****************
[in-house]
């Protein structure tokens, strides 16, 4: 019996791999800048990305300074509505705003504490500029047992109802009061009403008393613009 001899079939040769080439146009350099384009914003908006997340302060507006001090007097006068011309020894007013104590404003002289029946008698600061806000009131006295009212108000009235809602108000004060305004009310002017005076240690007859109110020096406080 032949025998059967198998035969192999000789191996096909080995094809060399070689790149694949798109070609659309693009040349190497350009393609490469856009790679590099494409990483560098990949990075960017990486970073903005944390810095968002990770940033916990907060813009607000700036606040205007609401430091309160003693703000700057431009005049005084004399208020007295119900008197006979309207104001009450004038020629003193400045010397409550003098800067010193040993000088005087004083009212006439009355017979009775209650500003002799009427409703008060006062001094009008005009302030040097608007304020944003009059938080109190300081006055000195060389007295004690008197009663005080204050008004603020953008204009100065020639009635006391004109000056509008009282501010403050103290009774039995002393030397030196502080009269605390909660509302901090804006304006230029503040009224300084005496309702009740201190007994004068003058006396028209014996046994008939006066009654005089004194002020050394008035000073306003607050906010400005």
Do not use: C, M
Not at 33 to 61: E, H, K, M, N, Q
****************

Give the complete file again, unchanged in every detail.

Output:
[in-house]
């Protein structure tokens, strides 16, 4: 019996791999800048990305300074509505705003504490500029047992109802009061009403008393613009 001899079939040769080439146009350099384009914003908006997340302060507006001090007097006068011309020894007013104590404003002289029946008698600061806000009131006295009212108000009235809602108000004060305004009310002017005076240690007859109110020096406080 032949025998059967198998035969192999000789191996096909080995094809060399070689790149694949798109070609659309693009040349190497350009393609490469856009790679590099494409990483560098990949990075960017990486970073903005944390810095968002990770940033916990907060813009607000700036606040205007609401430091309160003693703000700057431009005049005084004399208020007295119900008197006979309207104001009450004038020629003193400045010397409550003098800067010193040993000088005087004083009212006439009355017979009775209650500003002799009427409703008060006062001094009008005009302030040097608007304020944003009059938080109190300081006055000195060389007295004690008197009663005080204050008004603020953008204009100065020639009635006391004109000056509008009282501010403050103290009774039995002393030397030196502080009269605390909660509302901090804006304006230029503040009224300084005496309702009740201190007994004068003058006396028209014996046994008939006066009654005089004194002020050394008035000073306003607050906010400005």
Do not use: C, M
Not at 33 to 61: E, H, K, M, N, Q